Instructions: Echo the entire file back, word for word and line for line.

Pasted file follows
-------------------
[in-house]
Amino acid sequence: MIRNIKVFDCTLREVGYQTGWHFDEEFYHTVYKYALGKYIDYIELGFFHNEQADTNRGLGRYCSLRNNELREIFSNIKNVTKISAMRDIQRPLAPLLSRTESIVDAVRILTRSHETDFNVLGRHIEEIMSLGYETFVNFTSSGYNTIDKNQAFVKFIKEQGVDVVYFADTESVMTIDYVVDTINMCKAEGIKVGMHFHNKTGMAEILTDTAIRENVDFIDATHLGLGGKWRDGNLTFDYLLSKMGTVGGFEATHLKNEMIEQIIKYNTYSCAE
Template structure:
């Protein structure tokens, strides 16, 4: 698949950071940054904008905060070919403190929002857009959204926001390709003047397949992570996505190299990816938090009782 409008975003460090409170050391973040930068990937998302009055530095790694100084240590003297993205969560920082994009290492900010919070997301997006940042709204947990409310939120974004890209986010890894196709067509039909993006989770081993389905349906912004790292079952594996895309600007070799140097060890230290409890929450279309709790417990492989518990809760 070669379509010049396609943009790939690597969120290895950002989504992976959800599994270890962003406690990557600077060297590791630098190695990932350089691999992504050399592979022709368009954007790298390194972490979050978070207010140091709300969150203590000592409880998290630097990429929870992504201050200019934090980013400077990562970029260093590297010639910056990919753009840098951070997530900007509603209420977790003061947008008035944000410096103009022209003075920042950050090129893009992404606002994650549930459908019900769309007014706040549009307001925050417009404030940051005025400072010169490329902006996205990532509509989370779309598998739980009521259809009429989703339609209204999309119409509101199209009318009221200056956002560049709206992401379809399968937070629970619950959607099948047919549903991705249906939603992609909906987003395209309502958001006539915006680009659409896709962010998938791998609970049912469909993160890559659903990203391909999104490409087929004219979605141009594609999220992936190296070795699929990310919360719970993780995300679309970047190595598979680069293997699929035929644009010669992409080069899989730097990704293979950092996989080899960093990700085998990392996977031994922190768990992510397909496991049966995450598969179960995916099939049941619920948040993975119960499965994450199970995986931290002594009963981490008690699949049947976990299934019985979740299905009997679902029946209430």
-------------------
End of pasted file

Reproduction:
[in-house]
Amino acid sequence: MIRNIKVFDCTLREVGYQTGWHFDEEFYHTVYKYALGKYIDYIELGFFHNEQADTNRGLGRYCSLRNNELREIFSNIKNVTKISAMRDIQRPLAPLLSRTESIVDAVRILTRSHETDFNVLGRHIEEIMSLGYETFVNFTSSGYNTIDKNQAFVKFIKEQGVDVVYFADTESVMTIDYVVDTINMCKAEGIKVGMHFHNKTGMAEILTDTAIRENVDFIDATHLGLGGKWRDGNLTFDYLLSKMGTVGGFEATHLKNEMIEQIIKYNTYSCAE
Template structure:
């Protein structure tokens, strides 16, 4: 698949950071940054904008905060070919403190929002857009959204926001390709003047397949992570996505190299990816938090009782 409008975003460090409170050391973040930068990937998302009055530095790694100084240590003297993205969560920082994009290492900010919070997301997006940042709204947990409310939120974004890209986010890894196709067509039909993006989770081993389905349906912004790292079952594996895309600007070799140097060890230290409890929450279309709790417990492989518990809760 070669379509010049396609943009790939690597969120290895950002989504992976959800599994270890962003406690990557600077060297590791630098190695990932350089691999992504050399592979022709368009954007790298390194972490979050978070207010140091709300969150203590000592409880998290630097990429929870992504201050200019934090980013400077990562970029260093590297010639910056990919753009840098951070997530900007509603209420977790003061947008008035944000410096103009022209003075920042950050090129893009992404606002994650549930459908019900769309007014706040549009307001925050417009404030940051005025400072010169490329902006996205990532509509989370779309598998739980009521259809009429989703339609209204999309119409509101199209009318009221200056956002560049709206992401379809399968937070629970619950959607099948047919549903991705249906939603992609909906987003395209309502958001006539915006680009659409896709962010998938791998609970049912469909993160890559659903990203391909999104490409087929004219979605141009594609999220992936190296070795699929990310919360719970993780995300679309970047190595598979680069293997699929035929644009010669992409080069899989730097990704293979950092996989080899960093990700085998990392996977031994922190768990992510397909496991049966995450598969179960995916099939049941619920948040993975119960499965994450199970995986931290002594009963981490008690699949049947976990299934019985979740299905009997679902029946209430």